Down 81 Pounds, Gimme a Break's Nell Carter Gives Thanks to Her Diet and the Good Lord

updated 11/14/1983 AT 01:00 AM EST

originally published 11/14/1983 AT 01:00 AM EST

Nobody ever accused Nell Carter of doing anything halfway. The feisty 4'11" fireplug, who sasses Dolph Sweet on NBC's Gimme a Break, has always charged through life with unbridled enthusiasm and appetite. Sometimes too much appetite: All those steaks smothered in gravy and the peach cobbler and the caviar and the champagne and the cheesecake she used to have flown to the West Coast from New York finally led to a serious health problem. So serious in fact that just seven months ago Carter felt she might die.

"I was very sick," she says now. "I had diabetes, ulcers, an enlarged heart and an irregular heartbeat. Everything that could go wrong with me was wrong with me. And I was incredibly unhappy. Doctors told me I was obese, and I told them it was their imagination."

Carter will not say what she weighed then—or now—but in May she embarked on a crash diet that melted 81 pounds from her portly frame. Along the way, the 34-year-old brassy actress and singer also separated from her husband of 18 months, became a born-again Christian and moved out of her lush hillside home for a more modest "flatland" house in Los Angeles. She no longer needs medication for diabetes, her heart trouble is cured and she has undergone a complete attitude change.

"I don't want to go too deeply into what finally happened to send me to the hospital in April and May," she says, "but I was afraid I was going to die. Let's put it this way: I was in there because I was crazy. That is about as personal as I want to get about it. I was a crazed person. You can call it a breakdown, you can call it anything you want, but I was just not right. I was far gone mentally and so terribly unhappy. I surrounded myself with people who fed on my insecurity...totally decadent people. I was not an alcoholic, but I did drink. It was a terrible period in my life."

After her physical ills and her emotional despair forced her into the hospital, she finally admitted to herself that her weight had become a serious problem. In 1982 she had dropped 22 pounds after a hospital stay and a bad bout with bronchitis, but the pounds crept back. Co-workers on Gimme a Break became so concerned for her health that they volunteered to diet with her if that would be an incentive.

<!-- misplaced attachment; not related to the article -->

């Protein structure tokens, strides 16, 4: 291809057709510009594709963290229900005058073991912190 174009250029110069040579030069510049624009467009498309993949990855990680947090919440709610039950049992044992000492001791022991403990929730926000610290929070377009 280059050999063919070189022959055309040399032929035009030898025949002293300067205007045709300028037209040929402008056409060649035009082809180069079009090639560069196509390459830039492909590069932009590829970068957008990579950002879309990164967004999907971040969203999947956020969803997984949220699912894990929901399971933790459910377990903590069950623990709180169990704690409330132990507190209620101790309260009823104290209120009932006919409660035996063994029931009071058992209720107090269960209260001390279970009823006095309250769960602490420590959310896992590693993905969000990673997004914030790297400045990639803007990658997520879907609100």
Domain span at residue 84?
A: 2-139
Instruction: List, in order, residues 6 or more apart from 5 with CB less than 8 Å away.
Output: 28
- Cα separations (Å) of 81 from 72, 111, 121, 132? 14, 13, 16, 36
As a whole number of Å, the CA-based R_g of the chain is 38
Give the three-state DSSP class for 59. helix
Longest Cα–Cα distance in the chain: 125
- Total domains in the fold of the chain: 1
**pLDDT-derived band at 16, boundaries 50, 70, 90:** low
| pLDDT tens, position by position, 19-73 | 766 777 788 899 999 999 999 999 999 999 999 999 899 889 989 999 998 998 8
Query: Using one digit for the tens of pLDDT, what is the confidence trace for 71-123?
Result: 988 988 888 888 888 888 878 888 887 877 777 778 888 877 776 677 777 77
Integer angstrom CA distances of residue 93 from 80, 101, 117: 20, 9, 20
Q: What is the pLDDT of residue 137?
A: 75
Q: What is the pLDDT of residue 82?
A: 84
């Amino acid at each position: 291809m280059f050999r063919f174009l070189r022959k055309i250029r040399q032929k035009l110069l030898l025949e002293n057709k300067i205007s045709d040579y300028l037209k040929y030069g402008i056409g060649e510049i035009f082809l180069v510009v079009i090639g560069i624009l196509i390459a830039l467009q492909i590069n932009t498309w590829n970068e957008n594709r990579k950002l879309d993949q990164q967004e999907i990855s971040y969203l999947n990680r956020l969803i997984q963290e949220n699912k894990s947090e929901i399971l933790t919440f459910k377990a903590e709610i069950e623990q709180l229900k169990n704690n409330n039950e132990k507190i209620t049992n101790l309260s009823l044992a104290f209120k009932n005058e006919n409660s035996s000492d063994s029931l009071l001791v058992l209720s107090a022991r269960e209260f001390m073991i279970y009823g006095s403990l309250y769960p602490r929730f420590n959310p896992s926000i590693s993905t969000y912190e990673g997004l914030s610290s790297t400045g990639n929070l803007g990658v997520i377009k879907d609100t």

But then things became strained on the set of Gimme. Carter was temperamental and quarrelsome. The wardrobe department, without telling Carter, had begun letting out the seams in her dresses and then replacing the dresses with larger ones to accommodate the extra pounds. Then, she says, people started making pointed comments about her size. She began having trouble breathing and became easily exhausted.

Then came what she dramatically calls her "pact with God." "I had to want to lose weight myself," she says. "I had reached the point where I didn't give a damn what people thought. But when I lay there in that hospital I realized that I wanted to live. I looked up to heaven, and I prayed that, if God would just let me live to be 35, I would completely change my life. Until that moment I thought I knew all about Jesus and religion, but I didn't know what it meant to be born again. I am not a religious fanatic, but I prayed and suddenly I felt different."

Her first act was to call the hospital dietician and order up a diet. Lettuce and tomatoes were placed before her and that's what she ate—this high-liver who once ran up a $750 tab at one sitting at L.A.'s fashionable Scandia Restaurant. What's more, she stuck to the diet. "I had the Bible right there by my bed and, because I had made the promise with God, I was afraid to go back on my word. Besides, I thought I was going to die."

Carter's diet is mainly roast chicken and pineapple. "I stick to my chicken for three weeks and then have nothing but vegetables for a short time," she explains. Now, she cannot bear the sight of her once beloved caviar and steaks. "I've managed to completely reeducate myself into making eating secondary. I used to eat all the time because the food was there. Now I feel like a kid in school who is gaining points for behaving. And I love myself for it."

The change has been dramatic, says Gimme's Lara Jill Miller (Samantha): "Nell likes herself now, and before she didn't. I don't think I have ever seen such a radical change in anyone. Now, she has people as friends, not props that she needs to help support her."

And about that other excess weight she dropped: to wit, one husband? "We're good friends," Carter says of 30-year-old Austrian businessman Georg Krynicki, whom she wed in May 1982. "But he works in New York and I work in L.A. Neither of us will commit adultery [during our separation]. I was never totally into marriage, and I wasn't a very good wife. I would like to get married again someday. But I haven't gotten out of this one yet, so I can't be making plans. I wouldn't be surprised if we end up seeing each other again. But, once he gets his papers, there will be no more sex. I'm sorry—that's it. All rights are closed."

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